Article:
2012 Chevrolet Colorado 3.7L 5-cyl. 4-speed Automatic 5.1 ft. Bed Consumer Review - 2010 to 2012 2WD Colorado

2012 Chevrolet Colorado Crew Cab - Consumer Review

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16 of 16 people found this review helpful
2010 to 2012 2WD Colorado Crew Cab LT2 Z71
By nickz71 on


2012 Chevrolet Colorado 2LT 4dr Crew Cab SB (3.7L 5cyl 4A)


I have owned 2 Chevy Colorado Crew Cabs starting with an '05 LS Crew Cab and 2.8L engine and a 2010 Crew Cab with 3.7L engine. Both were 2WD. My family and I have found this configuration to be more useful and appealing than the purchase of a compact SUV. The reason I write this is because besides the great service and reliability, the new 3.7L in 2WD actually gets as good or better than the 2.8L. We routinely drive 330 mi. each way to a family cabin. On three recent trips (May, June, July) we got 26.3, 26.5, and 26.7 mpg on one leg. This was with AC on or off. It just confuses me how some say this truck get no better mpg than full size trucks. It gets 17-19 city and 24 to +26 highway.

Favorite Features

The best features we like is gas mileage, comfortable seats, useful space, and ride comfort. The cabin is very quiet with less road noise than most compact SUVs than do not have a full frame as this small truck has. There is no thumpa-thump from non isolated tire and suspension going over road cracks or bumps. This is present in nearly all newer design vehicles that do not use frames. Again, the mileage is approx. 20% better in the city and 30% to 35% better on the highway than a full sized Chevy or Ford truck. Also, handling, parking and insurance costs are much less. Full size trucks get 14-16 city and 20-21 mpg highway. The range of mpg depends on wind, traffic and winter/summer weatr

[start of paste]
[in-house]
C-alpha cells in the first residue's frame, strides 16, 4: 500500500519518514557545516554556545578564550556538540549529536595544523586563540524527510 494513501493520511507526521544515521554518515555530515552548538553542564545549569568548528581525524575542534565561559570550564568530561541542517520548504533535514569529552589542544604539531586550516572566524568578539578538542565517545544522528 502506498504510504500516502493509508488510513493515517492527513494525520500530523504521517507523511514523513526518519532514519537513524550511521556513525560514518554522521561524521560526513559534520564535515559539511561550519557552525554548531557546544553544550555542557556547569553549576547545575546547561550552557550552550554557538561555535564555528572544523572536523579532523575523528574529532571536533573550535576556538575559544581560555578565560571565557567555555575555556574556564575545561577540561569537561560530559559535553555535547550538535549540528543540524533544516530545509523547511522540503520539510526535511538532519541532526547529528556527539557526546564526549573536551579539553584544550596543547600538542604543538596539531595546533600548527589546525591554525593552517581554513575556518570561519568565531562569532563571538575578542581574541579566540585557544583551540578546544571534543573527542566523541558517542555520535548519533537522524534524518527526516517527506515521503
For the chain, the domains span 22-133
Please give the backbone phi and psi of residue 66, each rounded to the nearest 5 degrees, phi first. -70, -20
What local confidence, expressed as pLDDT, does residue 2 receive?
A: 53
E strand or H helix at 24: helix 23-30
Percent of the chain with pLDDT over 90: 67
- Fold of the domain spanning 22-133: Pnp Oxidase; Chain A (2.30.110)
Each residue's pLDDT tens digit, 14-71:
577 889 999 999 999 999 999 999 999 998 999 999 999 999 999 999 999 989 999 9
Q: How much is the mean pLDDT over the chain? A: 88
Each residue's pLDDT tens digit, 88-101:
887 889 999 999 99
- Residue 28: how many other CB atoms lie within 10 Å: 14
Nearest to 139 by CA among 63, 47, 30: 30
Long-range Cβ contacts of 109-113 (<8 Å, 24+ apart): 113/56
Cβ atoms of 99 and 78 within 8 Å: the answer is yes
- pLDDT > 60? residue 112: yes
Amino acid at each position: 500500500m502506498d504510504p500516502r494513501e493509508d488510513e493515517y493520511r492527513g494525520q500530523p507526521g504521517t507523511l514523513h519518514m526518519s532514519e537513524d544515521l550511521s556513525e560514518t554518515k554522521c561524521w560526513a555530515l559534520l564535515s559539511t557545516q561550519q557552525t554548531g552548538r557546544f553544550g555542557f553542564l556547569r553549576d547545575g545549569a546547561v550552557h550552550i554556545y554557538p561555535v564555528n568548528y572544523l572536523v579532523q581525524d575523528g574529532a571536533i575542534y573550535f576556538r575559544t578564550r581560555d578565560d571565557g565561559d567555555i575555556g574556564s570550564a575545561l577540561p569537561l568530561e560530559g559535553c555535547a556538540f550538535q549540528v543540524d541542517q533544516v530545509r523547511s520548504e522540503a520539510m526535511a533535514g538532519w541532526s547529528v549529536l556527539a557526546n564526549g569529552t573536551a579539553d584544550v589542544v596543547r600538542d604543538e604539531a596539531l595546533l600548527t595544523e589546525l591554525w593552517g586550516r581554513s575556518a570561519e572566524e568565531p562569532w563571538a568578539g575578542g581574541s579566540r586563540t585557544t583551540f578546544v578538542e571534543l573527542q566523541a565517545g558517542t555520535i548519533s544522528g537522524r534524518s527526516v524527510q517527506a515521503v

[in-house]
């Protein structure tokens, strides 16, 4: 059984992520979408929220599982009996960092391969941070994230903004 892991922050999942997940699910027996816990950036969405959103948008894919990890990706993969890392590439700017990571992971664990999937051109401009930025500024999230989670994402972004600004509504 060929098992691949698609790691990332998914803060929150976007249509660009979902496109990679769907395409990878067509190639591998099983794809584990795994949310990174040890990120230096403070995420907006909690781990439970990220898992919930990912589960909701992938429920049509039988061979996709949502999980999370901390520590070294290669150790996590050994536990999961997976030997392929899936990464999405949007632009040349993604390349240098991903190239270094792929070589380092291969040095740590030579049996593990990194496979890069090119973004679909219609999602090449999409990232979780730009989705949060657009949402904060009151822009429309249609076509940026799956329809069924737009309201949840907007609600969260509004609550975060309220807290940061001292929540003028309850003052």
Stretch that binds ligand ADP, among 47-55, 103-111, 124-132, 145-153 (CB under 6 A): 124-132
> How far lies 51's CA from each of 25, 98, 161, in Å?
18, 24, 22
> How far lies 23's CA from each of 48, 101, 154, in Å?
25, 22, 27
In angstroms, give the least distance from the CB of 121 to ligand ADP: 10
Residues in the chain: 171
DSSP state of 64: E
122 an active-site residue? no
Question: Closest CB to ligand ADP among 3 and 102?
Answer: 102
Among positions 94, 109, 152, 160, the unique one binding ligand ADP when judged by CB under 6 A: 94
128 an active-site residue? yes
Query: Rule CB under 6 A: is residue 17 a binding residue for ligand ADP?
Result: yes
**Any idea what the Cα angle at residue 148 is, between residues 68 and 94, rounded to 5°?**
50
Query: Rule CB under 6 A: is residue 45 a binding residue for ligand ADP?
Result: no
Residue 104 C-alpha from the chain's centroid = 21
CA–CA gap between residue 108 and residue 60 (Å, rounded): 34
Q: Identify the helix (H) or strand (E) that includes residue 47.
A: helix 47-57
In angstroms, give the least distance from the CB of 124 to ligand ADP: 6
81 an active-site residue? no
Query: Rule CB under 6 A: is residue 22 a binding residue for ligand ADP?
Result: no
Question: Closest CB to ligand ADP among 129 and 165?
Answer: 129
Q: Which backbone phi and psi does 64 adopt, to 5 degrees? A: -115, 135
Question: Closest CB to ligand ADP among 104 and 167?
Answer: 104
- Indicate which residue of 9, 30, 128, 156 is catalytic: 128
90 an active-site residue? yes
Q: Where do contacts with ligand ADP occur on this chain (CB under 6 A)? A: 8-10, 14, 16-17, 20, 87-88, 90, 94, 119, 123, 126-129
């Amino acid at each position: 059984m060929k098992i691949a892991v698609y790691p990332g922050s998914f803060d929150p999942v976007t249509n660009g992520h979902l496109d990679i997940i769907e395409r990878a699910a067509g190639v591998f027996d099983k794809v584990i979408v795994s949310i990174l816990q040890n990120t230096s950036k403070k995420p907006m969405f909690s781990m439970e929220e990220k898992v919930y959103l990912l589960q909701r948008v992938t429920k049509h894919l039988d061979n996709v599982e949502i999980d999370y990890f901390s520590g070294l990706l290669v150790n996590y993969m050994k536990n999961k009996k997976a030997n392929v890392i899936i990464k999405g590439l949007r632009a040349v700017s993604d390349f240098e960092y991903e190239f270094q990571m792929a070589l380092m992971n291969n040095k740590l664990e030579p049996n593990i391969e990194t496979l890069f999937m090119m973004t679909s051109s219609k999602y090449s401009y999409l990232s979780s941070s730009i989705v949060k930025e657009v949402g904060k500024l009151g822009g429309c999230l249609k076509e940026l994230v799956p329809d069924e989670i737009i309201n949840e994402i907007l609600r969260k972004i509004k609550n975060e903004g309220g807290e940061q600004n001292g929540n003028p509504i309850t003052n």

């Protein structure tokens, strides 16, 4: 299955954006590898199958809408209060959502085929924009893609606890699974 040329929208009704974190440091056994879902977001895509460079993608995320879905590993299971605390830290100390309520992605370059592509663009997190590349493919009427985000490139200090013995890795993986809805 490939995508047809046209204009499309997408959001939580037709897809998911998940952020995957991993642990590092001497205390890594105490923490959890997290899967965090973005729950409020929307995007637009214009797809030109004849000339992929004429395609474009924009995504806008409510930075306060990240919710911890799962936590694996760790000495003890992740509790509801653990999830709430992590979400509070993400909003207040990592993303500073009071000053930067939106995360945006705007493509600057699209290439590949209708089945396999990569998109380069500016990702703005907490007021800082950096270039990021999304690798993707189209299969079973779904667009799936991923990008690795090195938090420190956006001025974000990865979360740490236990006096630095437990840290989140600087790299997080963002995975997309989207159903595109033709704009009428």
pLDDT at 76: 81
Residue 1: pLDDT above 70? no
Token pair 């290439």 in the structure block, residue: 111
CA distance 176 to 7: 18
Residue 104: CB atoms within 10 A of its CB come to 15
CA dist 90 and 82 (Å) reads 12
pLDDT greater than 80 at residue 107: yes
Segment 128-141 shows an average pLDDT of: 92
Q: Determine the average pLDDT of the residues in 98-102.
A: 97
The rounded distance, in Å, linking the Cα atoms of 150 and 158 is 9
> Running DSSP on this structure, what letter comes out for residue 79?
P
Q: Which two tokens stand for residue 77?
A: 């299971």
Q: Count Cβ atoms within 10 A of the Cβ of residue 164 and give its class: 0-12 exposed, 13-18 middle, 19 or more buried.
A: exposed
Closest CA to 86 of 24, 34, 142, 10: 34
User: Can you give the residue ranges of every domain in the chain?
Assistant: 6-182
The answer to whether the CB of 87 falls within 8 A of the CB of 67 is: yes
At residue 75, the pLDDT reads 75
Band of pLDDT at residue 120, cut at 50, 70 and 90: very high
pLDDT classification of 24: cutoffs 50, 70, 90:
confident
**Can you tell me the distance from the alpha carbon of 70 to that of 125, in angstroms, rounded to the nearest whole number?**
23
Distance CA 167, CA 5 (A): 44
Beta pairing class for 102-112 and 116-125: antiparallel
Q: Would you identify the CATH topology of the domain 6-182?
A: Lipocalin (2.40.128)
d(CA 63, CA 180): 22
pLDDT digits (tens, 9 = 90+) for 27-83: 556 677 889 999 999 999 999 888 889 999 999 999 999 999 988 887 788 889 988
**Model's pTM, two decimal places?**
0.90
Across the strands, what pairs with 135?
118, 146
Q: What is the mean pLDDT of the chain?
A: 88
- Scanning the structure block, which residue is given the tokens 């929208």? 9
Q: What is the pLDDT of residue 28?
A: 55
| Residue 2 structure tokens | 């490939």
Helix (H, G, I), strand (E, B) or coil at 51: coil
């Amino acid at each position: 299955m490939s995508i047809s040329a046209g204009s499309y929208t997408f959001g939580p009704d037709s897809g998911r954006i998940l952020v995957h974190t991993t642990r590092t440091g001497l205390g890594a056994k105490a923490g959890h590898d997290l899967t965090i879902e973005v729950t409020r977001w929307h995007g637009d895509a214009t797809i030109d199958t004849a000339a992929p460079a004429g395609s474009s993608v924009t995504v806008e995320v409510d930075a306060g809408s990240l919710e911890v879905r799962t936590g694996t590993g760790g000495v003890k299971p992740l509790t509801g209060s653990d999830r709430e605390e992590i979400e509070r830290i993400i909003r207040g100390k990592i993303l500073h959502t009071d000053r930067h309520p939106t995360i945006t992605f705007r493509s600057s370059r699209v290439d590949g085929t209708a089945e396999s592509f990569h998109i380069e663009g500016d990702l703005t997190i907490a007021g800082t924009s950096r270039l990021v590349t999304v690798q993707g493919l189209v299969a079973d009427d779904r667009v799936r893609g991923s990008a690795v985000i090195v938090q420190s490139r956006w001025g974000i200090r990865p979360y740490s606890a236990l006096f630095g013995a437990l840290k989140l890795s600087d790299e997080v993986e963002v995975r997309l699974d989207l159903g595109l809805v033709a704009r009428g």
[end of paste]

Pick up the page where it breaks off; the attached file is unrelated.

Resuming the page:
Suggested Improvements

Interior could be a bit more dressy and early looks at the 2014 Colorado shoes it will be. Yay! The ceramic brakes last a loong time (90K to 100K) , but the front wheel bearing/spindles usually have to be replaced at around 100K due to sealed bearings and the ABS wheel spindle etchings (signal producing encoding ring) are not very deep so rust after several years. These should be made deeper since some folks have gotten ABS fault lights. You can remove the ABS fuse and still drive it, but then no ABS or Stabil-a-Track. It's not a major thing, but it does cost $300 to $500. If it occurs at 90K to 100K miles is not bad since bearing spindles need maintenance/replacement by then anyways.
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